Parents' Guide to


By David Wolinsky, Common Sense Media Reviewer

age 6+

Ambitious game experience helps you relax, expand your mind.

Game PlayStation 4 , Windows 2017
Everything Poster Image

A Lot or a Little?

What you will—and won't—find in this game.

Community Reviews

age 6+

Based on 1 parent review

age 6+

Great game with educational and philosophical value

A game about being everything, from a bacteria to a galaxy (and more). It’s strange and philosophical, and I thought my kid would find it weird and boring, but to my surprise he said it was the best game ever.

This title has:

Educational value
Great messages
Easy to play/use

Privacy Rating Warning

  • Personal information is sold or rented to third parties.
  • Personal information is shared for third-party marketing.
  • Personalised advertising is displayed.
  • Unclear whether data are collected by third-parties for their own purposes.
  • Unclear whether this product uses a user's information to track and target advertisements on other third-party websites or services.
  • Unclear whether this product creates and uses data profiles for personalised advertisements.

Is It Any Good?

Our review:
Parents say: (1 ):
Kids say: Not yet rated

Confining this game to claims of "good" or "bad" would miss its point, as it's open to interpretation, not traditional approaches taken to other video games. That is, the game will "penalize" you for playing too long at one go (about two hours) with an instituted "Looney Tunes"-style "We'll be right back!" screen to give you a breather. That's part of the game's total appeal, which is that it's not a game but instead a weighty experience that allows you to explore, discover, and understand its depth at your own pace. Indeed, the game doesn't even really "need" you: If you let the controller sit idle long enough, it will play itself. Obviously, when you take agency and play the game yourself, it will feel more like you're actively understanding and mining its meaning -- but there's also something to be said for sitting back and observing from another perspective. That's the point of Everything, which is that we're all observers and participants in something bigger (or smaller) than ourselves.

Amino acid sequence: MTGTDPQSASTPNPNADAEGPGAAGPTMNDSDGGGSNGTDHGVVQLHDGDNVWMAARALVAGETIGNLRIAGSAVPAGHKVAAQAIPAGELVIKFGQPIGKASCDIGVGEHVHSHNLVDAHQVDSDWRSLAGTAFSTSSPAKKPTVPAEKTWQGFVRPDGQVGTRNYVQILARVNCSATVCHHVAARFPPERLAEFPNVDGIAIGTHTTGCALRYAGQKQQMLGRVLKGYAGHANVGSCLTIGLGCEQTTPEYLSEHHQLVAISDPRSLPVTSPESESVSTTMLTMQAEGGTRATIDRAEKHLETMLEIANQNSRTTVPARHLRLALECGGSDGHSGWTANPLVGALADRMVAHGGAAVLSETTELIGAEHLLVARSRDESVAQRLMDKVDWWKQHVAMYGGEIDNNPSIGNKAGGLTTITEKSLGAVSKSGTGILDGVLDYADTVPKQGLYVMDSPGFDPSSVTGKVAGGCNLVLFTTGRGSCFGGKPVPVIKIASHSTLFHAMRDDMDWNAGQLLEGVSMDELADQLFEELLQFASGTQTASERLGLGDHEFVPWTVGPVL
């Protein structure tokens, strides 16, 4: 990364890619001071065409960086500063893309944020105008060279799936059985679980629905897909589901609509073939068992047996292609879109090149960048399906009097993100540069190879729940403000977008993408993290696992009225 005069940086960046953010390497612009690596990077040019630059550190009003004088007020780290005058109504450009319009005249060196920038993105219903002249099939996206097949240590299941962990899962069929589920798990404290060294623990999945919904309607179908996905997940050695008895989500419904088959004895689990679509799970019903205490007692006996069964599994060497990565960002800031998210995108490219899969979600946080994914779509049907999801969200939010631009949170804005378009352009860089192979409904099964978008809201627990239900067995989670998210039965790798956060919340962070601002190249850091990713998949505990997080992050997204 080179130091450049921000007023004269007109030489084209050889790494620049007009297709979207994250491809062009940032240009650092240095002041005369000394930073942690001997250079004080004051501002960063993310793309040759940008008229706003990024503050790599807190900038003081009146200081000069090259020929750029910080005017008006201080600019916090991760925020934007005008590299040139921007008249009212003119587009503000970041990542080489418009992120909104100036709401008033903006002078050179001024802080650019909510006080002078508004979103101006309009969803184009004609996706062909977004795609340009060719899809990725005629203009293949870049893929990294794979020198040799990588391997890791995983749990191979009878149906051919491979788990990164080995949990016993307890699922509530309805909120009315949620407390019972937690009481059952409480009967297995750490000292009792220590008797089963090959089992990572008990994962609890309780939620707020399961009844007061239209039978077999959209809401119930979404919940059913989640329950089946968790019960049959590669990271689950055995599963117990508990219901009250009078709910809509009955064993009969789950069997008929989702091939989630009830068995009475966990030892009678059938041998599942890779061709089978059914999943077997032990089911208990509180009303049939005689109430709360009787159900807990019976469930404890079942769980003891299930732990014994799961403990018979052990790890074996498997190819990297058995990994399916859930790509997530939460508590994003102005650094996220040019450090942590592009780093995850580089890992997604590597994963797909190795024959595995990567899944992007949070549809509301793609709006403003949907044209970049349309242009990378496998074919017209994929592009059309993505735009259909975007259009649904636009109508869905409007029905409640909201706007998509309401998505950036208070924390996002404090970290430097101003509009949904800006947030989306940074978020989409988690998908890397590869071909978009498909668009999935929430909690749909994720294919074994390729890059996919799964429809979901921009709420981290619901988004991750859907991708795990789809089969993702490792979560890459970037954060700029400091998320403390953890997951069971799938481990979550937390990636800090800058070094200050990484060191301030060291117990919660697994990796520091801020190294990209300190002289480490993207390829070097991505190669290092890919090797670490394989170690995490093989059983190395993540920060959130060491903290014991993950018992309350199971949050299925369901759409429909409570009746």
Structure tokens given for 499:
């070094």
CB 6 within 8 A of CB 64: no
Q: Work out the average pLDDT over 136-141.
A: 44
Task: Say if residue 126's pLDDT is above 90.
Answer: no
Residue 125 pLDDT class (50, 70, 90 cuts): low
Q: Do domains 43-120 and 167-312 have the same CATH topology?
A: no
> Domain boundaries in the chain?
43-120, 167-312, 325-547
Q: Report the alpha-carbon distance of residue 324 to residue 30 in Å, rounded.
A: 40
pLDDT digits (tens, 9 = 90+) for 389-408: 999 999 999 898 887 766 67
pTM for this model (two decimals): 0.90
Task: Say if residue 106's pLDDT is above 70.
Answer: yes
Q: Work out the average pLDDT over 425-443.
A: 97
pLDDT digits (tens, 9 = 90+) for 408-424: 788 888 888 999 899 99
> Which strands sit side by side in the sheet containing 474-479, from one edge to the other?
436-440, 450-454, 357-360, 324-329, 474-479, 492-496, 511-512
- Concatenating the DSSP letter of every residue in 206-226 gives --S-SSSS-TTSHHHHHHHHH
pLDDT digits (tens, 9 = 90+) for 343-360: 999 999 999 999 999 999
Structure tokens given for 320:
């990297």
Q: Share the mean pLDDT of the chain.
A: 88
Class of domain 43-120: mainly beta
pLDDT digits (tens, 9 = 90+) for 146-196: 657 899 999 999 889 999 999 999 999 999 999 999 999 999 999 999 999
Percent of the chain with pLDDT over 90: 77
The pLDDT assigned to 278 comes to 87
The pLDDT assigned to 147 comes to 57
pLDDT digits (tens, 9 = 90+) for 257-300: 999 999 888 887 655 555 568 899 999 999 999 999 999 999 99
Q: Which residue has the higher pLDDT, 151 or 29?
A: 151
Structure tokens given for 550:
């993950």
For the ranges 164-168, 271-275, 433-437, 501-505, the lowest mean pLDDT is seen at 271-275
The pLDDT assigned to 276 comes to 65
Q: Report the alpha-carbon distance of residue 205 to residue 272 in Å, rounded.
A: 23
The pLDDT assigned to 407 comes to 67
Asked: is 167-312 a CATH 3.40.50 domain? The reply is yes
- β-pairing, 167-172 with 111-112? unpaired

Are there things the game could do more smoothly? Sure, but these are nitpicks. Arguably the lengthy Alan Watts quotes are superfluous -- a somewhat clumsy implied notion that the player isn't "smart enough" to understand the themes being explored here and needing them to be laid out literally for you to listen to while you play. But Everything implements these clips smoothly. Otherwise, the on-screen text can be too small. These are the only strikes imaginable against the game, as it really is a sublime, involving, and relaxing experience. You can go at your own pace, see what you want to see, and return to your life feeling better about yourself or better understanding your place in it. It's hard to grade that, other than to say it's definitely a positive.

Game Details

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